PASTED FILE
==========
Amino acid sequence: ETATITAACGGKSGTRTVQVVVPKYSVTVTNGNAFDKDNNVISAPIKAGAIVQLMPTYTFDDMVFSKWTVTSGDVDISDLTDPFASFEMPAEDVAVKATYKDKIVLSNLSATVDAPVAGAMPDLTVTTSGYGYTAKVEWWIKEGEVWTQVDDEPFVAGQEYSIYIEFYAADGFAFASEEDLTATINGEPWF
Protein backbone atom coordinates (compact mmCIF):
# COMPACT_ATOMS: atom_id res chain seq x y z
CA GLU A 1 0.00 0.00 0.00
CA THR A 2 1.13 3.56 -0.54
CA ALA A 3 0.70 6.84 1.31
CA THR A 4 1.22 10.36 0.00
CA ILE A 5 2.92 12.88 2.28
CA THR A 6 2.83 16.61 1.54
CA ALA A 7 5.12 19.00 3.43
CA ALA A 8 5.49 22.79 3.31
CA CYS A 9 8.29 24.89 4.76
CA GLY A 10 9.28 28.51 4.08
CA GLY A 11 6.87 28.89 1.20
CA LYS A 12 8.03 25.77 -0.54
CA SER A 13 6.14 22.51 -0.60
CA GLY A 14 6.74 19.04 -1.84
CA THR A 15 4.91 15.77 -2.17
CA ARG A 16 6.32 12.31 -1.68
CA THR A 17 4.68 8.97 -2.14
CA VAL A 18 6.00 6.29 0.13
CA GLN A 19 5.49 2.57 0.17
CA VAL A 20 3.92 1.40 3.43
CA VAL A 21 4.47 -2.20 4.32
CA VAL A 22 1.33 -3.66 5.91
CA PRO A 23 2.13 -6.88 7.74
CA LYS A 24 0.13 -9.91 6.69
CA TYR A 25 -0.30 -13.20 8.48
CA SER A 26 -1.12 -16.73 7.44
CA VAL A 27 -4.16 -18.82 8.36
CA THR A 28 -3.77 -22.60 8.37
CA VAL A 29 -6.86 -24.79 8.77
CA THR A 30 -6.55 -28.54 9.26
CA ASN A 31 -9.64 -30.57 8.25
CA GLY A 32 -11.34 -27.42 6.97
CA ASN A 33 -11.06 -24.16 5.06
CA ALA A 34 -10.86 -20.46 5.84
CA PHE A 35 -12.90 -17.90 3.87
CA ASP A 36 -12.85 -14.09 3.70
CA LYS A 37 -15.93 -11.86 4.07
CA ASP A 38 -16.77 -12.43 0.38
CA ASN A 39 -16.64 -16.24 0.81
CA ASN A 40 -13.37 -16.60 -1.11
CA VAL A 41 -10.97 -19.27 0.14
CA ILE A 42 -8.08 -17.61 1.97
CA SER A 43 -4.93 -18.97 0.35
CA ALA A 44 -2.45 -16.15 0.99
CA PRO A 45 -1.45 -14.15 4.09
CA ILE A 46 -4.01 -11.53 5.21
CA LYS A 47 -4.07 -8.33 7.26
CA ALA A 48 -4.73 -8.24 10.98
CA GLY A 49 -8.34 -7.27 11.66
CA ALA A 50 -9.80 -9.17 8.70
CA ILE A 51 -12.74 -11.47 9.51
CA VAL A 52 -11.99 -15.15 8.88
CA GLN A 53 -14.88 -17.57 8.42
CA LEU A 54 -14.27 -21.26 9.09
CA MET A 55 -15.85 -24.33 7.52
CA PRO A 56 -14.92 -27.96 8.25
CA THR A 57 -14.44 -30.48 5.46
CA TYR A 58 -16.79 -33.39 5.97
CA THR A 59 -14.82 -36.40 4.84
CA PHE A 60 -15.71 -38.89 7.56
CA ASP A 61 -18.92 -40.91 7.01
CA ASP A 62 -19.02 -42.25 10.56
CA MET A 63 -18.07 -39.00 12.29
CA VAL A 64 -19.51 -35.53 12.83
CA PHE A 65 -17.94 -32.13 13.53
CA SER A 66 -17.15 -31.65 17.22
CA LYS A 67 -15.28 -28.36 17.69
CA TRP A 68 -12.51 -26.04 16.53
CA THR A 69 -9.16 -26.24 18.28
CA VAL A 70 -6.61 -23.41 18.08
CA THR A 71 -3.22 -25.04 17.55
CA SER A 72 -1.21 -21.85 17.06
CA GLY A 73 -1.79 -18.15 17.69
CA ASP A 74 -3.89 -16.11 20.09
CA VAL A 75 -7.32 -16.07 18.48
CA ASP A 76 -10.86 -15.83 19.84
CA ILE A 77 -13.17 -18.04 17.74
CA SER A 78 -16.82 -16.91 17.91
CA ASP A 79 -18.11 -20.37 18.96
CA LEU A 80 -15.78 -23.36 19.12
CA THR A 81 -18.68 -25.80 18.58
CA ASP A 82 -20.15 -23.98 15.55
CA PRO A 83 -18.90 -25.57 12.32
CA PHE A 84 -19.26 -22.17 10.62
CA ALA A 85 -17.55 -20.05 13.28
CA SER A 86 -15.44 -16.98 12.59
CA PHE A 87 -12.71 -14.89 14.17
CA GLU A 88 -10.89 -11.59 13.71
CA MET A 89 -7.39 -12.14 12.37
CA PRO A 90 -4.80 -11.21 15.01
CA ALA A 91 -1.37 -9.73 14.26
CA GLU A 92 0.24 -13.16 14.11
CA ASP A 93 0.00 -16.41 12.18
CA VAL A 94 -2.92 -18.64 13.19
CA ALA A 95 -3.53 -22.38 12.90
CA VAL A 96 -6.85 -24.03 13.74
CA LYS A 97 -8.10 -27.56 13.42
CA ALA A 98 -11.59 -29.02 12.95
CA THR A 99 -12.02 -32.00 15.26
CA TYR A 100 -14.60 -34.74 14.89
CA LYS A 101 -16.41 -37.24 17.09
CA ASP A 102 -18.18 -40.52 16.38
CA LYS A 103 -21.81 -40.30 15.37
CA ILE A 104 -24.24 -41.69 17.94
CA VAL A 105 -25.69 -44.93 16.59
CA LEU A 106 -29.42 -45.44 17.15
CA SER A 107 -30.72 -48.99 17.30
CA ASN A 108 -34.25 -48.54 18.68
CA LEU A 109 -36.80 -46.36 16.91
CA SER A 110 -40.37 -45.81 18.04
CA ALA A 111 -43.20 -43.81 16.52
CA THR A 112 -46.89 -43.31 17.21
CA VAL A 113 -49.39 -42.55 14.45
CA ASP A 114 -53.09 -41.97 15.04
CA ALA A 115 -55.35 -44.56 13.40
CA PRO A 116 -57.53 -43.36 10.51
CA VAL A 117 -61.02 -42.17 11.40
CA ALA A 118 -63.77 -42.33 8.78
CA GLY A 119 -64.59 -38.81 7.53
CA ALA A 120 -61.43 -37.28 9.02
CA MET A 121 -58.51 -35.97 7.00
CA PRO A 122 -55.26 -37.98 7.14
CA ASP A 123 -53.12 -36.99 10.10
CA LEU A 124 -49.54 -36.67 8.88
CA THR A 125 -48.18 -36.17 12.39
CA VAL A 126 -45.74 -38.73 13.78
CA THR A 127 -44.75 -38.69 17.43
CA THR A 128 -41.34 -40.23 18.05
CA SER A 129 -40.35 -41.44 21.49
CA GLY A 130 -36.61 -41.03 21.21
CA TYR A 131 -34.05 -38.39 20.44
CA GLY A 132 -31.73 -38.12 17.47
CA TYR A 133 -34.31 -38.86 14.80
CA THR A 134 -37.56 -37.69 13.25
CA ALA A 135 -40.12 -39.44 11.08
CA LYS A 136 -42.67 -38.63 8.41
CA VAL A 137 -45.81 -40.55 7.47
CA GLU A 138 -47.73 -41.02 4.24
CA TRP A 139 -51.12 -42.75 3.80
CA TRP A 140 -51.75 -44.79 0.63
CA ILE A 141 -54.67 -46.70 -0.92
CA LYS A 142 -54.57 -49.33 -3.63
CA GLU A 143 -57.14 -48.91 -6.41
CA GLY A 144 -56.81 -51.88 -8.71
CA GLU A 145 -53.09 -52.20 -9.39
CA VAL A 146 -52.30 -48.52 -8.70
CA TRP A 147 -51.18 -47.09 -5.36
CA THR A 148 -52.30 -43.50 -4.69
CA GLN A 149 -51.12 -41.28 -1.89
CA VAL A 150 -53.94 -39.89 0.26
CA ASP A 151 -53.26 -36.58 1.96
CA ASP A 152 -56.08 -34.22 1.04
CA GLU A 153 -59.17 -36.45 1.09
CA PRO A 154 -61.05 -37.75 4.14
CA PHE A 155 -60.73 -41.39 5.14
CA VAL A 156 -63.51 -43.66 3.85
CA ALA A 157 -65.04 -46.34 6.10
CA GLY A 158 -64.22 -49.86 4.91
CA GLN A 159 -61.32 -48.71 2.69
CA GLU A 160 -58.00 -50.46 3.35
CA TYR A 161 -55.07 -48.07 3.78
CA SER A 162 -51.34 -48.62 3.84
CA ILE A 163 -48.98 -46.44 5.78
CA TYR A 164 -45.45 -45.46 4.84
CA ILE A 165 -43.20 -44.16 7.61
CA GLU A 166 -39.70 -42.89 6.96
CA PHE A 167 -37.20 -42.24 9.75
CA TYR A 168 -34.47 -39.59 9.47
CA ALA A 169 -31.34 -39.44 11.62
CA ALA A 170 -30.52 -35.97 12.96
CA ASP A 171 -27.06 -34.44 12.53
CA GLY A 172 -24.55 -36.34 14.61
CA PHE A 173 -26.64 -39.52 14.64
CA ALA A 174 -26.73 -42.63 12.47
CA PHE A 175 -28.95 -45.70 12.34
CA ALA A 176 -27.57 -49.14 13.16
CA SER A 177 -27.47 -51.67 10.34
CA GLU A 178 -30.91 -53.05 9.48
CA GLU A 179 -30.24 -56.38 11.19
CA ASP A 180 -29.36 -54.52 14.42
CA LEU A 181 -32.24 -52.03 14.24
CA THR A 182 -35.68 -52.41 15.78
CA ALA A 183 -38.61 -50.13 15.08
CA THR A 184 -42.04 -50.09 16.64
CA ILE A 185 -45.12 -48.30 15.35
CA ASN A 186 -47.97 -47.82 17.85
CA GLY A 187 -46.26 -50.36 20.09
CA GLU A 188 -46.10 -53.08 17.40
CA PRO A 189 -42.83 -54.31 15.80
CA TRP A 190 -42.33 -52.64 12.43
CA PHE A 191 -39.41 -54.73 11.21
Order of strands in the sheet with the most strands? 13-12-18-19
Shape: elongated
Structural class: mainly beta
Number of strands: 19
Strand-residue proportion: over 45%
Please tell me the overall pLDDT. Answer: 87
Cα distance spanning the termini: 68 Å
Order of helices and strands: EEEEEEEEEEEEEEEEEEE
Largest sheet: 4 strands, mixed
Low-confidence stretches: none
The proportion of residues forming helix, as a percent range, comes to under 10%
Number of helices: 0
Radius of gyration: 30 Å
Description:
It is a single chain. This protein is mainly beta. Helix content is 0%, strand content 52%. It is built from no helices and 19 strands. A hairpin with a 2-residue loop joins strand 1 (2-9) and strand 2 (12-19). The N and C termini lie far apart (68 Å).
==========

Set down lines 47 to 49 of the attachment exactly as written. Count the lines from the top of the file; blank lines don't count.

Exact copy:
CA ALA A 44 -2.45 -16.15 0.99
CA PRO A 45 -1.45 -14.15 4.09
CA ILE A 46 -4.01 -11.53 5.21